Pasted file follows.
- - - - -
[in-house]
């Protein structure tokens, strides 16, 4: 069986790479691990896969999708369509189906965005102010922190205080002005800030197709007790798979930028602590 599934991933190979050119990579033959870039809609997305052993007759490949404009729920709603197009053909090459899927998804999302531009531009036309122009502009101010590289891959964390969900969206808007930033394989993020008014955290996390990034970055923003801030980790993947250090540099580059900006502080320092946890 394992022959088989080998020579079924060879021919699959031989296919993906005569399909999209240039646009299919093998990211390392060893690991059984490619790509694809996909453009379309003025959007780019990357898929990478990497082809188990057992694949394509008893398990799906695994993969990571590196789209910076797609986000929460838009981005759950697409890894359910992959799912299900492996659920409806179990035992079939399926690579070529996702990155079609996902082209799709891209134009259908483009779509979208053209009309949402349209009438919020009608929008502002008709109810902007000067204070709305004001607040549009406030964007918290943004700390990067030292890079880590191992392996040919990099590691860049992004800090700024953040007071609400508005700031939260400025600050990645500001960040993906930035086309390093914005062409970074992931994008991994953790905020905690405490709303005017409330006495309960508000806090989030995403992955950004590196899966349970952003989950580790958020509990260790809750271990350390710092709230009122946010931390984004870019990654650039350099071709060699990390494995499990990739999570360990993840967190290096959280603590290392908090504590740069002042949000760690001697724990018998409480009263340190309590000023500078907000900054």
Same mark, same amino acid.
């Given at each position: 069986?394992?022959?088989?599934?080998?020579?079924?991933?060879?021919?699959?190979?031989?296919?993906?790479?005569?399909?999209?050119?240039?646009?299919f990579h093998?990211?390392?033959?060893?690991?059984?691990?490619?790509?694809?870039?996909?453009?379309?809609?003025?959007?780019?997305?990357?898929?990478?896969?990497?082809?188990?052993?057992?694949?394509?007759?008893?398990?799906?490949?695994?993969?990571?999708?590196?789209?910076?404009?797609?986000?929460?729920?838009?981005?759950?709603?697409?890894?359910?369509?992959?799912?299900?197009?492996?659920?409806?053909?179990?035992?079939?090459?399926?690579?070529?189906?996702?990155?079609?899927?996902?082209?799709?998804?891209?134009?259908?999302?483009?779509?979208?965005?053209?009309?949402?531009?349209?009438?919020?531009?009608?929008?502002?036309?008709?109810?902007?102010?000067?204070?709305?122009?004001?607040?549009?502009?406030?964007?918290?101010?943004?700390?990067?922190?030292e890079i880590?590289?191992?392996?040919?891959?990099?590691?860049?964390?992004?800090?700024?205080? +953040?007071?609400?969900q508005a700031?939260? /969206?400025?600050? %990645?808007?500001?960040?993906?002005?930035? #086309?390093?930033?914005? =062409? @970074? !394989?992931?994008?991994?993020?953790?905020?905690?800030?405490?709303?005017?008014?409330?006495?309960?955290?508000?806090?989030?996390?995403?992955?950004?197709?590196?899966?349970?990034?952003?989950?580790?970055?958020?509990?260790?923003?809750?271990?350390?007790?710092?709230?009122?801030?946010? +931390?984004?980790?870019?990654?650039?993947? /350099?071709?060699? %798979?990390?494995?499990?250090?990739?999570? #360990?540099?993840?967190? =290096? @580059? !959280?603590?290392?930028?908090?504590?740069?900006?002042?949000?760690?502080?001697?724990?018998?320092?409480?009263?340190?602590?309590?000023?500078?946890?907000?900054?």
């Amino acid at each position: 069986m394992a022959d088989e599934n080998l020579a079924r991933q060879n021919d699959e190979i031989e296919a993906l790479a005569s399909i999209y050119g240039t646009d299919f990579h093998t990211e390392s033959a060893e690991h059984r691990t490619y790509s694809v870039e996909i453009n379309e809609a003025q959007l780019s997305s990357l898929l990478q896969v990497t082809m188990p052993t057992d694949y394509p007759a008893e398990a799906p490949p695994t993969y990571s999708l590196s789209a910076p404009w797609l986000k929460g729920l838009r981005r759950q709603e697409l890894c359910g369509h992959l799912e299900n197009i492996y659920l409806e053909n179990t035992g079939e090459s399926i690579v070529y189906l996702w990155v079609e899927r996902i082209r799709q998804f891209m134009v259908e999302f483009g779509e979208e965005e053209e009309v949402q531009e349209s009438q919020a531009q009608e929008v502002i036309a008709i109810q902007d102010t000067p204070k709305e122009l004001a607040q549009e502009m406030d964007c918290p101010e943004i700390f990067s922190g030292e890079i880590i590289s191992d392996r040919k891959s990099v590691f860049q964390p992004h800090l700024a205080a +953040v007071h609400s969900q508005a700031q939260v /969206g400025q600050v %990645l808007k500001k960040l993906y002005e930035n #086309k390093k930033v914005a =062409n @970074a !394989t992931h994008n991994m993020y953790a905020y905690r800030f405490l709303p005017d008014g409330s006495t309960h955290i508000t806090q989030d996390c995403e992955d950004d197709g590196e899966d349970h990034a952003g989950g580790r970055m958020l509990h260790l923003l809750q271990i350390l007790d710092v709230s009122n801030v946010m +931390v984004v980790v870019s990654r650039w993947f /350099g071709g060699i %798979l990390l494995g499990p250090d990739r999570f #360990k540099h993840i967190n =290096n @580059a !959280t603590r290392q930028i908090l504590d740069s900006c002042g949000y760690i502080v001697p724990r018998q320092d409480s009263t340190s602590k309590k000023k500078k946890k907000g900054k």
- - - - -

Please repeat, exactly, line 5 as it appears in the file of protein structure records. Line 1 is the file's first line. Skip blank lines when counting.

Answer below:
């Amino acid at each position: 069986m394992a022959d088989e599934n080998l020579a079924r991933q060879n021919d699959e190979i031989e296919a993906l790479a005569s399909i999209y050119g240039t646009d299919f990579h093998t990211e390392s033959a060893e690991h059984r691990t490619y790509s694809v870039e996909i453009n379309e809609a003025q959007l780019s997305s990357l898929l990478q896969v990497t082809m188990p052993t057992d694949y394509p007759a008893e398990a799906p490949p695994t993969y990571s999708l590196s789209a910076p404009w797609l986000k929460g729920l838009r981005r759950q709603e697409l890894c359910g369509h992959l799912e299900n197009i492996y659920l409806e053909n179990t035992g079939e090459s399926i690579v070529y189906l996702w990155v079609e899927r996902i082209r799709q998804f891209m134009v259908e999302f483009g779509e979208e965005e053209e009309v949402q531009e349209s009438q919020a531009q009608e929008v502002i036309a008709i109810q902007d102010t000067p204070k709305e122009l004001a607040q549009e502009m406030d964007c918290p101010e943004i700390f990067s922190g030292e890079i880590i590289s191992d392996r040919k891959s990099v590691f860049q964390p992004h800090l700024a205080a +953040v007071h609400s969900q508005a700031q939260v /969206g400025q600050v %990645l808007k500001k960040l993906y002005e930035n #086309k390093k930033v914005a =062409n @970074a !394989t992931h994008n991994m993020y953790a905020y905690r800030f405490l709303p005017d008014g409330s006495t309960h955290i508000t806090q989030d996390c995403e992955d950004d197709g590196e899966d349970h990034a952003g989950g580790r970055m958020l509990h260790l923003l809750q271990i350390l007790d710092v709230s009122n801030v946010m +931390v984004v980790v870019s990654r650039w993947f /350099g071709g060699i %798979l990390l494995g499990p250090d990739r999570f #360990k540099h993840i967190n =290096n @580059a !959280t603590r290392q930028i908090l504590d740069s900006c002042g949000y760690i502080v001697p724990r018998q320092d409480s009263t340190s602590k309590k000023k500078k946890k907000g900054k």